13. Jul 2022

Work Package 5: Testing to improve compounds

By Samantha Caputo, Stefano Gianazzi and Elisabetta Arato (TICASS, Italy).

Pictured: Exposure of samples on food simulants during migration test (TICASS).

Pre-normative research and experimental activities are helping the BIO-PLASTICS EUROPE Consortium in defining how adopted approaches may support a biodegradable sustainability framework focused on the envisaged bio-based biodegradable solutions. The earliest results obtained through a 16-months intensive testing program fostering material development were used to refine formulations of several innovative bio-based plastics.
The modified and optimized compounds are undergoing a “focused” second round of tests with the aim to evaluate the “designed” improvements of materials properties, in terms of durability, performance and biodegradability for sustainable disposal. The workflow also includes a toxicological evaluation of products to assess environmental impact and human health, as means of ecotoxicity test and migration test for food contact approval, respectively.
From this perspective, round 2 of testing has been intended for matching the outcomes of the first round of experimental activities and the selection and development of bio-based biodegradable non-toxic prototypes. Tests started in June 2022 and will last around 7 months.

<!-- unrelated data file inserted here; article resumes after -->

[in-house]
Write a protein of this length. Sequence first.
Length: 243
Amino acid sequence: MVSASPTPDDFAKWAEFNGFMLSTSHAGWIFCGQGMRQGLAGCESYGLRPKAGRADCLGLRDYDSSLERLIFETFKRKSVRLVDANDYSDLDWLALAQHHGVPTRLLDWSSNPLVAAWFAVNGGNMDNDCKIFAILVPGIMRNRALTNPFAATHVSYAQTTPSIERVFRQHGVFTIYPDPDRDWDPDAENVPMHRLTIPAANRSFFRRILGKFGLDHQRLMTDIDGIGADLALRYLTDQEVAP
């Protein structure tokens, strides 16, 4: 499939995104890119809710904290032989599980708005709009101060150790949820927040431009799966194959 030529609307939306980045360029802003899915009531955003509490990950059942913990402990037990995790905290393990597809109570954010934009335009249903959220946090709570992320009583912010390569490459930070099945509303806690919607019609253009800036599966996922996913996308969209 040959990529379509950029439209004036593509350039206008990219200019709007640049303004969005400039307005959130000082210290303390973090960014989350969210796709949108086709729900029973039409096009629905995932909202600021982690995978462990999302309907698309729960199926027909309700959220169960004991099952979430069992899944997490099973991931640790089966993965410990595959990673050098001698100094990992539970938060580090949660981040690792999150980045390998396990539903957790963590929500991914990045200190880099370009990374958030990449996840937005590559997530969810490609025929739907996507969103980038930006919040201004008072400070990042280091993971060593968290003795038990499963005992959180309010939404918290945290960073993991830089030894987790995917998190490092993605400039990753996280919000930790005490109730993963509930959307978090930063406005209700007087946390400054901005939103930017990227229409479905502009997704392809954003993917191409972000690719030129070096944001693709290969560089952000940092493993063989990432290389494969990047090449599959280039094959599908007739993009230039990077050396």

As for Round 1, experimental activities focus on five bio-based plastics, with eight potential target application domains:

  1. PLA-based compound for multiple-use cutlery (C)
  2. PLA-based compound for mulch film (AMF) and geomaterial (MG)
  3. PLA-based compound for rigid packaging (RP) and fish crates (FC)
  4. PBS-based compound for soft packaging (SP), as yoghurt pot
  5. PHBV-based compound for toys (T) and fishing bait (FB)

The main objectives under evaluation are based on the target applications and the results achieved during Round 1. In particular, PHBV-based plastic underwent minor changes in formulation with the aim to increase UV resistance, making it a durable product; for this purpose, the testing program includes photo-degradation in a climatic chamber, which mimics accelerated ageing under weathering.
A migration test has been planned for food contact approval regarding target applications of cutlery, fishing crates, soft food packaging, and cosmetic rigid packaging. Moreover, first results on the PBS-based compound during Round 1 of tests showed inadequate performance during storage; material characterization after exposure in food simulants allows to evaluate the durability of the improved compound. Evaluation of biodegradability and assessment of environmental impacts are properties required for all the target applications, especially for single-use materials. In particular, degradation on field and ecotoxicity tests were planned for agricultural mulch film, designated to be fully degradable in-situ and non-toxic in field and seawater, which are the main places where spilled mulch films end up. In-situ degradation is the end-of-life scenario intended also for marine geomaterial and toys, that should be able to degrade in the environment if lost, without releasing toxic substances.
For all the other materials (i.e., soft packaging, rigid packaging and fish crates) degradation tests in composting conditions and mechanical recyclability have been devised in order to identify feasible and sustainable end-of-life scenarios. The biodegradability will not be assessed for PLA-based cutlery, since a long usage phase was envisaged for this prototype.